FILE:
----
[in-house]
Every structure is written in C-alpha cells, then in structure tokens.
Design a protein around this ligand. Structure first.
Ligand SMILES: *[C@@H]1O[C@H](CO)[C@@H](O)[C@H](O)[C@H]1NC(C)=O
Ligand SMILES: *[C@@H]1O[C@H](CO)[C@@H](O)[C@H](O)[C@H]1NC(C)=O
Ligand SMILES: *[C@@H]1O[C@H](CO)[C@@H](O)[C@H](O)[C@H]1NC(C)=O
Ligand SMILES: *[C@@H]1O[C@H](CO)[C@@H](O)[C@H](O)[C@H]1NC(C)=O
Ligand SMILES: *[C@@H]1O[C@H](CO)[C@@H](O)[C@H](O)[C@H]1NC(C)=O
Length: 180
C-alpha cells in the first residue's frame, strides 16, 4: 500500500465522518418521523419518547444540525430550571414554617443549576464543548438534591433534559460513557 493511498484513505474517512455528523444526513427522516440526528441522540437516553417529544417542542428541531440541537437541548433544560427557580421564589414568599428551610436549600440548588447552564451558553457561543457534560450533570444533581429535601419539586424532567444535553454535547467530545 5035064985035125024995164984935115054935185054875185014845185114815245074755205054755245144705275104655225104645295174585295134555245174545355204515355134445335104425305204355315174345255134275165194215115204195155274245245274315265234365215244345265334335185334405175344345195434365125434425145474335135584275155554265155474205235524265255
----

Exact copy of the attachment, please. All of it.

[in-house]
Every structure is written in C-alpha cells, then in structure tokens.
Design a protein around this ligand. Structure first.
Ligand SMILES: *[C@@H]1O[C@H](CO)[C@@H](O)[C@H](O)[C@H]1NC(C)=O
Ligand SMILES: *[C@@H]1O[C@H](CO)[C@@H](O)[C@H](O)[C@H]1NC(C)=O
Ligand SMILES: *[C@@H]1O[C@H](CO)[C@@H](O)[C@H](O)[C@H]1NC(C)=O
Ligand SMILES: *[C@@H]1O[C@H](CO)[C@@H](O)[C@H](O)[C@H]1NC(C)=O
Ligand SMILES: *[C@@H]1O[C@H](CO)[C@@H](O)[C@H](O)[C@H]1NC(C)=O
Length: 180
C-alpha cells in the first residue's frame, strides 16, 4: 500500500465522518418521523419518547444540525430550571414554617443549576464543548438534591433534559460513557 493511498484513505474517512455528523444526513427522516440526528441522540437516553417529544417542542428541531440541537437541548433544560427557580421564589414568599428551610436549600440548588447552564451558553457561543457534560450533570444533581429535601419539586424532567444535553454535547467530545 5035064985035125024995164984935115054935185054875185014845185114815245074755205054755245144705275104655225104645295174585295134555245174545355204515355134445335104425305204355315174345255134275165194215115204195155274245245274315265234365215244345265334335185334405175344345195434365125434425145474335135584275155554265155474205235524265255